Should You Buy into Your Vacation Home Dreams?

During the dull, gray days of February and March in the Pacific Northwest (PNW) it is appealing to dream of sun and sea or sun and ski. A closet full of clothes and a kitchen stocked with your favorite food and beverages can certainly make quick breaks to a vacation home appealing! A second home in California or Mexico or a cabin retreat near Mount Hood or Mount Bachelor could be your ticket to easy, breezy vacations at the drop of a hat with your family and friends.

Or, is a vacation home just another financial drain? Will you wake up mid-summer and think “The PNW is glorious in the summer, why would I want to get in my car or on a plane to go somewhere else?” Below are just a few topics to help you start your holiday home investigations before you sign on a dotted line.

Are you ready to commit to just one vacation location for the foreseeable future? If you sink significant funds into a home, you should want to be there instead of paying for a hotel or vacation rental in another location. Also, unless you have a reliable property manager in place, there will be upkeep and maintenance to take care of on your second home. You may very well need to spend your precious vacation time painting or fixing a window or buying a new furnace.

Is it within easy travel distance to your primary home? If you need to jump on a plane to get there you are less likely to spend the occasional weekend or have a last-minute getaway at your vacation home.  And, as noted above, there may be unexpected work to do if your second home is hit by a storm or a tree lands on it or another disaster occurs. The ability to get there in a reasonable timeframe to manage disaster situations is an important consideration.

Will you want to retire there? If you are considering buying a second home with an eye to retire there, you should consider if there are activities and amenities that will interest you when you reach retirement age.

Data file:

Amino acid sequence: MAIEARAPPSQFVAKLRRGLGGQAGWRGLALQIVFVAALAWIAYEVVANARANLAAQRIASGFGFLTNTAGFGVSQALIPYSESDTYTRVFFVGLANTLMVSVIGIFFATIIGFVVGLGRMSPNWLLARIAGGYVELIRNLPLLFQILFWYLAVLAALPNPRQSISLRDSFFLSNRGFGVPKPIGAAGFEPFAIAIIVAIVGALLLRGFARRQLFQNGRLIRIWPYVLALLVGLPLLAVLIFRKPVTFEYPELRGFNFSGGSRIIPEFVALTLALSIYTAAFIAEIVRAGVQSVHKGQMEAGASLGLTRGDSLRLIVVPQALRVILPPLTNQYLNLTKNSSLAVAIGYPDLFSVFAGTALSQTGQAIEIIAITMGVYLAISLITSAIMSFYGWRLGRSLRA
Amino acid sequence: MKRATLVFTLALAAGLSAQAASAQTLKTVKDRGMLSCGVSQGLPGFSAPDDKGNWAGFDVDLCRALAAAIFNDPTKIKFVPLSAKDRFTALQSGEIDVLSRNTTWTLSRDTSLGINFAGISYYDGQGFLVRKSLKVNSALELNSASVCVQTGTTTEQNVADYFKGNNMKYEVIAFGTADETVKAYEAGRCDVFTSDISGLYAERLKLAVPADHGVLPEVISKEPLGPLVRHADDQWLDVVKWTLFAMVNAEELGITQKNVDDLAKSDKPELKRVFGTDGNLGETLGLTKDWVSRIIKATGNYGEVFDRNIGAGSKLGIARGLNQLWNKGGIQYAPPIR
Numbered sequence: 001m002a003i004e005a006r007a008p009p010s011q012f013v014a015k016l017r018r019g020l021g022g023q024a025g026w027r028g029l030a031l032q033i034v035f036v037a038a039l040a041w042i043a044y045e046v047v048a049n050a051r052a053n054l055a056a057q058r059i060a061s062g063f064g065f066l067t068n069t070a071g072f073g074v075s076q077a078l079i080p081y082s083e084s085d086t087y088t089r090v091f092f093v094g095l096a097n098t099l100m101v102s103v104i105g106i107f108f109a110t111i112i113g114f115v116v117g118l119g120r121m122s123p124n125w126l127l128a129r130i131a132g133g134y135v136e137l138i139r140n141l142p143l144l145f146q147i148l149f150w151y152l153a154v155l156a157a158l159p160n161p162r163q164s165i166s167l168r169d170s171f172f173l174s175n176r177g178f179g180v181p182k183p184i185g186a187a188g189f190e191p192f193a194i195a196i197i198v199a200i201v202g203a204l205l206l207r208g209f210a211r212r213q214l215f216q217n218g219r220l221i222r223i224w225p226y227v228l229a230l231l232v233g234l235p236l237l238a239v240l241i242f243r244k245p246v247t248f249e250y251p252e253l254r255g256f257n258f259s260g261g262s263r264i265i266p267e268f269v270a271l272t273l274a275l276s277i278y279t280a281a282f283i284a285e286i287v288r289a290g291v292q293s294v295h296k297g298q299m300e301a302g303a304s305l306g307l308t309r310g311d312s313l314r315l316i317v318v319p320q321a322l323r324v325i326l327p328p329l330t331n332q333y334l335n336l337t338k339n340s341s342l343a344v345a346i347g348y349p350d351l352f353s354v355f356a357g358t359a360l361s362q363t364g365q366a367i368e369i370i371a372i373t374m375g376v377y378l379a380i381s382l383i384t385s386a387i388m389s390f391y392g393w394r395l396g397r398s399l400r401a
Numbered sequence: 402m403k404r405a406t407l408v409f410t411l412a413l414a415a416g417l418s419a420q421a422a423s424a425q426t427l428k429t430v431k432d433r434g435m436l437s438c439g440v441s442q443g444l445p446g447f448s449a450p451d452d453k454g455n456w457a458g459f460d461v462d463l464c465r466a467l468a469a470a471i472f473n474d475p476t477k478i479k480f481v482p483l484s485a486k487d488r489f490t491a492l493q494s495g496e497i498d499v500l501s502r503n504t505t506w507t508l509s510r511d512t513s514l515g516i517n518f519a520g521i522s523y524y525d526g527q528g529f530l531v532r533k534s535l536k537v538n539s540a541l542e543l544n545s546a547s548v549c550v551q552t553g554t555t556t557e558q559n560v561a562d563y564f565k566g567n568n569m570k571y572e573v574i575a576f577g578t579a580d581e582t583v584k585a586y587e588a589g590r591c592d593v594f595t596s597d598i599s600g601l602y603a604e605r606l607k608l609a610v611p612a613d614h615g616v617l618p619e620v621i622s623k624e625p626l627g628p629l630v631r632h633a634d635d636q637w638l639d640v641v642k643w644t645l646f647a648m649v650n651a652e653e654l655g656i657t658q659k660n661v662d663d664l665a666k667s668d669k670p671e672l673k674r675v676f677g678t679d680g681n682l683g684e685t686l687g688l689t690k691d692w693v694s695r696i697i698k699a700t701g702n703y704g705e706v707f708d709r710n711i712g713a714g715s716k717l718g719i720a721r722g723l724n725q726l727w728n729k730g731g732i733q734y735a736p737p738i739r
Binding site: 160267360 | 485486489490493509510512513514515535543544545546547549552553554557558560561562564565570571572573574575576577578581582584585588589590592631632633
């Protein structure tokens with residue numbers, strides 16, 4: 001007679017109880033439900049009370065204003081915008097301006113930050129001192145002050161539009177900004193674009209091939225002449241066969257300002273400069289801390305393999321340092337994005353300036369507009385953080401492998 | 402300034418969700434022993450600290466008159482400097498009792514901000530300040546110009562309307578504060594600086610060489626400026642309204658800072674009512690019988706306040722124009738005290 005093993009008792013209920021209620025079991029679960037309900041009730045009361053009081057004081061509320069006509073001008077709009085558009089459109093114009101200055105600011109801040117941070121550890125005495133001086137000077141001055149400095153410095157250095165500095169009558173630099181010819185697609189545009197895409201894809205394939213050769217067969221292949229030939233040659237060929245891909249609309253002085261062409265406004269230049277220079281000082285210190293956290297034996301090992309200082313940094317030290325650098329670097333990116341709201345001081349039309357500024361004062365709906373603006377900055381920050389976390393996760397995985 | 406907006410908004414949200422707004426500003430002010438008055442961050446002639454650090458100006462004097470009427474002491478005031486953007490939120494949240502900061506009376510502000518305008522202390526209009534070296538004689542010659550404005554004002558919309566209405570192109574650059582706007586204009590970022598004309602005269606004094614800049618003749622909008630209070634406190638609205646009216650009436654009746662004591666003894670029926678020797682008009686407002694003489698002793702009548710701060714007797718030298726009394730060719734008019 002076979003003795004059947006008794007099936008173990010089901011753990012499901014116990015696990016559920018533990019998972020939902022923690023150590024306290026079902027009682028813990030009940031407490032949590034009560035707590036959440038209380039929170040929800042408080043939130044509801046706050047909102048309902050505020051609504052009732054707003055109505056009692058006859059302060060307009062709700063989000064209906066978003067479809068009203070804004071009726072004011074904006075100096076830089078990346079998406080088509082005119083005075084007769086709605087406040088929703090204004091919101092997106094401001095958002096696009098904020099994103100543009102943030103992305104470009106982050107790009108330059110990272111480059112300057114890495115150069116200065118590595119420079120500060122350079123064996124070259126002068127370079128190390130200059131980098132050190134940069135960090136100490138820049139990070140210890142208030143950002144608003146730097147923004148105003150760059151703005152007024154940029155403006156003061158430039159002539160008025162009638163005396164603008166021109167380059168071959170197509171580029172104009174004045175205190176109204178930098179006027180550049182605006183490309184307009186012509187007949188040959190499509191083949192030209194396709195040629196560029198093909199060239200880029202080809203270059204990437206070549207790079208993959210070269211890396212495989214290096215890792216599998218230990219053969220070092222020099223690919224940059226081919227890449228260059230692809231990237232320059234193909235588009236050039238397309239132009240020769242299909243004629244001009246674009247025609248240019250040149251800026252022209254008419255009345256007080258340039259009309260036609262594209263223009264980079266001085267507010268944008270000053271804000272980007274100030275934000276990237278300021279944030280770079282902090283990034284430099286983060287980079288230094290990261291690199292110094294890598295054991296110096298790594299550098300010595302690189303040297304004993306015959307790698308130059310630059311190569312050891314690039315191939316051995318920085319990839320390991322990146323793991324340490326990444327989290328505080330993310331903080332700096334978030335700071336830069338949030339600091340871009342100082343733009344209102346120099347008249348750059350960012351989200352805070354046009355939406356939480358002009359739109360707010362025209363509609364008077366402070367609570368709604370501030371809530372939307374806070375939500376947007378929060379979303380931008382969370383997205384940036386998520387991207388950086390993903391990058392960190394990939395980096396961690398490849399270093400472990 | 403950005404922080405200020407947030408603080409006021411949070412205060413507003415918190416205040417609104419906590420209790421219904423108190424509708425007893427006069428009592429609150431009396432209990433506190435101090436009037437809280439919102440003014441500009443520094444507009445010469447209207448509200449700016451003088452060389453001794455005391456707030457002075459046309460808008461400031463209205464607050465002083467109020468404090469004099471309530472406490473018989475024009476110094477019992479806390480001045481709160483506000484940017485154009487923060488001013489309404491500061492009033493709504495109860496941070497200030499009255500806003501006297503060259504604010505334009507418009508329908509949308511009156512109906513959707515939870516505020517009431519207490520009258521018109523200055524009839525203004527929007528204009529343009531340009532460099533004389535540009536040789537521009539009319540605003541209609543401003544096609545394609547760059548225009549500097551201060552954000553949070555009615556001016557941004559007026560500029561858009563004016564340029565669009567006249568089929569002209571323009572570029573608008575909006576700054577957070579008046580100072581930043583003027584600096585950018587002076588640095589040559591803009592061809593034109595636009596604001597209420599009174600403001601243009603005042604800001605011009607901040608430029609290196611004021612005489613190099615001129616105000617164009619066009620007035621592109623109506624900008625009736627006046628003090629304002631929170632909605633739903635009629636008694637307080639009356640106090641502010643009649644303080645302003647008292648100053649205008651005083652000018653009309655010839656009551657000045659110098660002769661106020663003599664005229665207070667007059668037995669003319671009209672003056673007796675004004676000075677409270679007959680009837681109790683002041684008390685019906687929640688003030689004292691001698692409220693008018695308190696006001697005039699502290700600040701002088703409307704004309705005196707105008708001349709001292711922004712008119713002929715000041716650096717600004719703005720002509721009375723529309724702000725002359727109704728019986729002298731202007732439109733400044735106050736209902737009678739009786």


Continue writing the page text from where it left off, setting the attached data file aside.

Are there medical facilities that can provide care as you age? Is the house laid out in a way that will accommodate any age-related mobility issues? Will you want grown children and their future families to stay with you when they visit you? If so, is there space for them? Or, are there hotels or rentals nearby?

Should you rent it out? If you have dreams of rental proceeds offsetting the costs associated with a second home, do you have time and resources available to manage the rental process? Will you be able to use the house when you want to? Or will you need to rent it out to others during the peak season and stay there in the off-season? Owning a ski chalet you can only stay in when the snow is gone or a beach house that is only available in unbearably hot weather conditions may not fit with your vacation ideals.

If you do rent it out, is there a long-term market for rentals?  When the economy is going strong, vacation rentals are at a premium – more people have ready cash available for travel. But when the economy takes a downturn, second homes are often the first asset to be sold. Will the location of your home be desirable enough to maintain your original purchase price? Is it already saturated with other vacation homes chasing short- and long-term renter dollars?

Will you be able to meet your long-term financial goals? If you buy the vacation home of your dreams will you still be able to retire at the age you originally set? Are there other savings priorities such as funding college educations or creating financial security for unexpected future expenses that will be affected by investing in a second home? Oftentimes there are hidden costs such as property taxes, HOA fees, maintenance fees and so forth that need to be factored into your financial planning.

Have you researched the tax implications thoroughly? It’s always a good idea to involve your CPA in discussions about investing in real estate. As tax codes change, your CPA should be able to help you navigate what is tax advantaged, and what isn’t.

Allen Capital Management | Allen Trust Company can help you with questions regarding financial planning and tax preparations. If you are one of our clients, or would like to be, please contact us at (503) 292-1041 or via email at

Allison Grebe Lee